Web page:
There are few things more distressing than several people trying to force a terrified horse onto a trailer using whips and ropes. THERE IS A BETTER WAY!
The best part of watching Katie teach a horse to load was her excellent narrative of what was happening literally at every step. Lysette has turned her notes into an excellent and informative description of Katie's kind, thoughtful and EFFECTIVE methods, and has kindly allowed me to publish them here on my blog.
"My Horse Won't Load"
by Lysette Marie
photos by Logan Darrow
No matter what discipline you ride, which breed of horse you deal with, chances are that you probably know of a horse that won’t load. Whatever the reasons behind this behavior, most horse owners will agree that this is a frustrating and somewhat enigmatic issue that has disrupted and sometimes even cancelled their plans. Note that I say ‘most’ horse owners; because believe it or not, there are some people out there who actively embrace this issue and glean a sense of enjoyment from solving it!
Katie Richards of Cornwall Performance Horsemanship is based in Penzance, Cornwall. She is a freelance horse trainer who has hosted her own horsemanship clinics and clinics for other trainers with a similar philosophy, such as Warwick Schiller.Katie says “The techniques I use help the horse to reach a point where he feels safe to think, not react.”. Being that trailer loading is her specialty, it was Katie I went to when I wanted to learn how to fix loading problems- this article is a depiction of what I learned from her one rainy afternoon.
Katie’s subject was Rocco, a very nicely put together 2yo Belgian WB X, who was due to be moved to a different stable that afternoon. After a brief groundwork session, it became clear that he was a well minded individual with whom his owner Fay Panter had done an excellent job, aside from a few small but significant issues, and it was those significant issues that were exacerbating his trailer loading problem.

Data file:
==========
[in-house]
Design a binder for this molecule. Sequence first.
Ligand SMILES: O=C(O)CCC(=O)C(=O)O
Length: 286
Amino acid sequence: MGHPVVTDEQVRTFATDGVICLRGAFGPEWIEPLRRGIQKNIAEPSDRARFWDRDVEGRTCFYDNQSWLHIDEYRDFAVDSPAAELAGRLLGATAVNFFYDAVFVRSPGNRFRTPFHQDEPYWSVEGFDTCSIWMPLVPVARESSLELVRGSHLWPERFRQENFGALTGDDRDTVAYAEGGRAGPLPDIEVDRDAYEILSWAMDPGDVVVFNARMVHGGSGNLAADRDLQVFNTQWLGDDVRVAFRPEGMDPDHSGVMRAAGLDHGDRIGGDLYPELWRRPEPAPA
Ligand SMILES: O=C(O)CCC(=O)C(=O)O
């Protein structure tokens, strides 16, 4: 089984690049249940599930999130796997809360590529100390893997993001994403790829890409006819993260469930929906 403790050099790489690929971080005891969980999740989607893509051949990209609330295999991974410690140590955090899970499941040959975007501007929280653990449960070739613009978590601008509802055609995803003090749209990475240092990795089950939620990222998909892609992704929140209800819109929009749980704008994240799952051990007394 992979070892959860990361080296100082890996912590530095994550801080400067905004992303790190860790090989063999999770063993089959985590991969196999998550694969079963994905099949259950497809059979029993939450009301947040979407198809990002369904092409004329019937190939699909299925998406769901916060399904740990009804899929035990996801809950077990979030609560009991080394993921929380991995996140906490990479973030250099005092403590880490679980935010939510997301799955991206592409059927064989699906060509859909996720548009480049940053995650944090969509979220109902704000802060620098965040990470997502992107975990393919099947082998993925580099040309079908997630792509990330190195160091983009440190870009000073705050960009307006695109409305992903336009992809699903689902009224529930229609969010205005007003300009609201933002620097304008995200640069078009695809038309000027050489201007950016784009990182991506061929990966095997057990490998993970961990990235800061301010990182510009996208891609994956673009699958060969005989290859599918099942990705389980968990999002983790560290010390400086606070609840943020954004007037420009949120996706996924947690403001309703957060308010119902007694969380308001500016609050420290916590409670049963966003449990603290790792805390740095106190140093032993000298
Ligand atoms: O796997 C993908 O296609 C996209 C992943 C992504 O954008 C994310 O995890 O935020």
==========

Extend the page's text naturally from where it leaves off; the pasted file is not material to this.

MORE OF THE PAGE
Katie spent the first 20 minutes establishing the basics such as personal space and yielding to pressure ; this got Rocco’s brain engaged and taught him that whatever Katie was asking of him, he could find a ‘sweet spot’. This is because the ultimate aim was for him to view the trailer as the sweet spot, however this wouldn’t happen if Rocco didn’t realise he could search for a sweet spot in the first place. Once this was established, we brought the trailer into the equation…
As you can see, Rocco was initially suspicious yet curious. Though not convinced he could put his front feet on the ramp, his head was frequently lowered towards the ramp and he gave it a sniff. Katie stood still, allowing him to weigh everything up. When Katie adjusted her posture slightly, Rocco spooked at the noise her feet made on the ramp- her solution to this was to stamp and jump on the ramp until he became comfortable with it and realised it wasn’t going to kill him. This also meant that when he decided he was comfortable enough to place his own foot on the ramp, he wouldn’t be spooked by the noise and so he would be adequately prepared to take that next step.